Future of Delphi may be in doubt
Community leaders are continuing to monitor a developingsituation that could impact the future of the Delphi PackardElectric plant in Brookhaven.
Amid negotiations between the union and management, speculationcirculating in recent days has indicated the days of the plant onIndustrial Park Road in Brookhaven could be numbered, with itspossible closure as soon as October. However, a Delphi spokeswomandownplayed such comments when contacted Friday.
“There is no announcement to be made on the closure of the plant inBrookhaven,” said Rachelle Valdez, Delphi director ofCommunications and Marketing.
Valdez said there has been no change in the ongoing operations atthe Brookhaven facility. She had no comment when asked about anOctober closure.
“We continue to evaluate the competitiveness of all of ouroperations to compete in a global market,” said Valdez, adding thatdiscussions are being held toward maintaining the long-termoperation of the local facility.
A call seeking comment from union leaders of the Brookhaven plant’sIUE-CWA Local 718 was not returned Friday.
However, a source said a recent union vote on a new five-yearcontract was rejected in an 11-94 vote. The union was given untilMay 15 to reverse its decision.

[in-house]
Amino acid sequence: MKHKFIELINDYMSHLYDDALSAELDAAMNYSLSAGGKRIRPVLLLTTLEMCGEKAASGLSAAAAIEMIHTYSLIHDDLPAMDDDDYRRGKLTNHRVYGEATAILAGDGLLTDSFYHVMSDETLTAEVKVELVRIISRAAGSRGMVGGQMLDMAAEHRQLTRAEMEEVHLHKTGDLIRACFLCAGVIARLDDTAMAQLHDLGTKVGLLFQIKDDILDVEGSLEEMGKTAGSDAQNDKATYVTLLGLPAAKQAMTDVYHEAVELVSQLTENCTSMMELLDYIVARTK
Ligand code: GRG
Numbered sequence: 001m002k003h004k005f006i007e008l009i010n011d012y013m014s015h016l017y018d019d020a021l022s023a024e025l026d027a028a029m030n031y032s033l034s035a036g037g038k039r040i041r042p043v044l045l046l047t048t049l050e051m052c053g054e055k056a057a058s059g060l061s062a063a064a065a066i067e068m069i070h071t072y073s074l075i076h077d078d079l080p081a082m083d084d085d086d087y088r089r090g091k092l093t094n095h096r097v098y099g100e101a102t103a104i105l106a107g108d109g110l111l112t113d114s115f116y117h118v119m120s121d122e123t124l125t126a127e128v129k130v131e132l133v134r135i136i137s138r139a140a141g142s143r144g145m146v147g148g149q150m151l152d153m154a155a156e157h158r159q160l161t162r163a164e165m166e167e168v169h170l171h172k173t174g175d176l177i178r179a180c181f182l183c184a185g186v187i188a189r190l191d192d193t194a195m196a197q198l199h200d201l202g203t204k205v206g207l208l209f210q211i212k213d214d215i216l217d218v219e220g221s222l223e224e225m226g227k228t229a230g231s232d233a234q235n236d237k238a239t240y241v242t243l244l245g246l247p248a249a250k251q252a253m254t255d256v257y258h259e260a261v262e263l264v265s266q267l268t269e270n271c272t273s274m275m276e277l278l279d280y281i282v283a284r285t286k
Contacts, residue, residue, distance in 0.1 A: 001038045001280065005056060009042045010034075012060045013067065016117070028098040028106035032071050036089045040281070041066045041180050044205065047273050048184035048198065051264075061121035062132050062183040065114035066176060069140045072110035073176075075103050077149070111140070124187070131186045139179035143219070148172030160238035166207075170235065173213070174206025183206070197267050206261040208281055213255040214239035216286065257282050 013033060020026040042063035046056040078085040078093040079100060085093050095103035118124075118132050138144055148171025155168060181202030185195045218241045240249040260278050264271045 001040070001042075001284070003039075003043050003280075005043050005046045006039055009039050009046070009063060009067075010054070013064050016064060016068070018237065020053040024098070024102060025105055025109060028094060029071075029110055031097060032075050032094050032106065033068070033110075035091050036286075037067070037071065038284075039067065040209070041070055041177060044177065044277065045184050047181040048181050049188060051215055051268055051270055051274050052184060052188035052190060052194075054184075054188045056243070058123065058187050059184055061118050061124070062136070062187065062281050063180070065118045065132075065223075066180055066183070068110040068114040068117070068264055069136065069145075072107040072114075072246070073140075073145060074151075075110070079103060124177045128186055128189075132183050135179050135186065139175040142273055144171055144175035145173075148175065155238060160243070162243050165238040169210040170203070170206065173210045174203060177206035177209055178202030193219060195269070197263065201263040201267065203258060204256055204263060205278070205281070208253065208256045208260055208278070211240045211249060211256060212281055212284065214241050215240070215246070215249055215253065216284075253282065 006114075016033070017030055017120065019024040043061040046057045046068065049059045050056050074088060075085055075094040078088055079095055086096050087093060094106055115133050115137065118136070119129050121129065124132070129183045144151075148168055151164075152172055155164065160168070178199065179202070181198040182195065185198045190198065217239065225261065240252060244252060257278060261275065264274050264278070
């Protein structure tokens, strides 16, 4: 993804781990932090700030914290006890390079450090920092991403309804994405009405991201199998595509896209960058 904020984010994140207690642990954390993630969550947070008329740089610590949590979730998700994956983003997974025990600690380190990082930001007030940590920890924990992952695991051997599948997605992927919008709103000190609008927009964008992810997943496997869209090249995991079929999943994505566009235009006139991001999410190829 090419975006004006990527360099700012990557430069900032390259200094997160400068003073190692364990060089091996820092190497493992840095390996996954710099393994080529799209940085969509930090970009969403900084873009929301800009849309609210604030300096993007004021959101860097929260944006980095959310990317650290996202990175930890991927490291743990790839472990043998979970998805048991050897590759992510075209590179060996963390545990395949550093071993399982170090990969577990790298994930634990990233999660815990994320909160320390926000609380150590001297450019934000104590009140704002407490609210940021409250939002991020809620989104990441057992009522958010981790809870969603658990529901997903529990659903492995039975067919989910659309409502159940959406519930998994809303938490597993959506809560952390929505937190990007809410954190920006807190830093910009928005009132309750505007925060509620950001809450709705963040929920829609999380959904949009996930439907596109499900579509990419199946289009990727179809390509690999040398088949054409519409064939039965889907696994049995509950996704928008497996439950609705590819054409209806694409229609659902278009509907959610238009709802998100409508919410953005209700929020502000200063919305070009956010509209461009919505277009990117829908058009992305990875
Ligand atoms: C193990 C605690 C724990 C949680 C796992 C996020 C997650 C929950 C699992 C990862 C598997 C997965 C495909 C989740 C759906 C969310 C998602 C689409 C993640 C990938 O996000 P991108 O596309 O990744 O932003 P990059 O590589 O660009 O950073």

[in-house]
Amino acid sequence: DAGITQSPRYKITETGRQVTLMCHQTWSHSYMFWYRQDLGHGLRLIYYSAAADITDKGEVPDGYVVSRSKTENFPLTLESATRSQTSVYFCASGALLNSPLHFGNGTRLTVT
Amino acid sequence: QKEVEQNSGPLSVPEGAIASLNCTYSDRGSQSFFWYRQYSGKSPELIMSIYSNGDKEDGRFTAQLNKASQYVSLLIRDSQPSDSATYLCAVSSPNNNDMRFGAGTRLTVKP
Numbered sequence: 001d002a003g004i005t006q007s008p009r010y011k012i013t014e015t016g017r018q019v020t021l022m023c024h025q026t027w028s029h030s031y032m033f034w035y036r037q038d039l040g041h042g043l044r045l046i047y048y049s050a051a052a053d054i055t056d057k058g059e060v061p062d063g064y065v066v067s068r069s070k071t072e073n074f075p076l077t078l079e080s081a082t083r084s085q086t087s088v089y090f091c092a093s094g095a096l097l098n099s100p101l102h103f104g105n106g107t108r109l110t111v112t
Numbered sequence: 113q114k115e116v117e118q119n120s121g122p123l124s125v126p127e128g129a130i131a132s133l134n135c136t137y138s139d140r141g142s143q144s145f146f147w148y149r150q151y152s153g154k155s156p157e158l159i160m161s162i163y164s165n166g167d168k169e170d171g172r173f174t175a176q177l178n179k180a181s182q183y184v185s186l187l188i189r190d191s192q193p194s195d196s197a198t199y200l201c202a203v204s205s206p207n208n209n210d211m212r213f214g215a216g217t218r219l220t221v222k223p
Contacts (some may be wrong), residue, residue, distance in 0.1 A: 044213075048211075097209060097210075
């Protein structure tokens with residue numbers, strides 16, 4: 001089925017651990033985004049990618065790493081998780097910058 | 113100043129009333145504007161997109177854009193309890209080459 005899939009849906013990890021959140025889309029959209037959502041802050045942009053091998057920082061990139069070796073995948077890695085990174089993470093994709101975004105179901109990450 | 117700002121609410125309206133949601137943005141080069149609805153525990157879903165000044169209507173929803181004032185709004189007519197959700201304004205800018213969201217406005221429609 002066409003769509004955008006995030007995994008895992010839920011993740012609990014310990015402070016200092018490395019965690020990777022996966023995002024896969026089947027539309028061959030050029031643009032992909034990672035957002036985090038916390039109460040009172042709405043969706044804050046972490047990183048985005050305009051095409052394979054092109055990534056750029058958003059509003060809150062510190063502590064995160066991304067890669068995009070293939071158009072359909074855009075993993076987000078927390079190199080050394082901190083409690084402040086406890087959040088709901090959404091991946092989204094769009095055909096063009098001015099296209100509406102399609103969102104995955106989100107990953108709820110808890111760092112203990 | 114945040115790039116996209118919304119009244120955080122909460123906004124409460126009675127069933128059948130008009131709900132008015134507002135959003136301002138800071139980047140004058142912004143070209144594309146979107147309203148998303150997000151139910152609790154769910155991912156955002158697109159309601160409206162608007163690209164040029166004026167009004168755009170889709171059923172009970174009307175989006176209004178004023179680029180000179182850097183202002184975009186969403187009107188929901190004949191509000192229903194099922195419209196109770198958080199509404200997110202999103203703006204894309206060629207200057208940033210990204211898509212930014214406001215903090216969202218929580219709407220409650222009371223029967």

On Friday, according to the source, local management was notifiedthat severance packages were being put together and the plant’sclosure would be expedited. October was mentioned as the date forclosing the plant, which employs an estimated total of around 250people.
Brookhaven-Lincoln County Chamber of Commerce Executive VicePresident Cliff Brumfield was hopeful a resolution could be reachedto allow the Delphi plant’s continued operation in Brookhaven. Heacknowledged a lot of rumors circulating about the plant.
“I do hope those working on negotiations for the labor sideunderstand the severity of the issues involved,” Brumfieldsaid.
Brumfield said there are literally thousands of people across thecountry who would like to have the quality, high-paying jobsprovided by Delphi. If a company with those jobs were consideringlocating here, he said the chamber would be “jumping though hoops”and doing all it could to land it in this community.
“We’re living in a very tough economy in which businesses have tomake some tough decisions,” Brumfield said.
Brumfield said current talk about the plant’s future is only”rumors and speculation at this point.”
“Regardless of what anyone may have heard, that is where we are,”Brumfield said.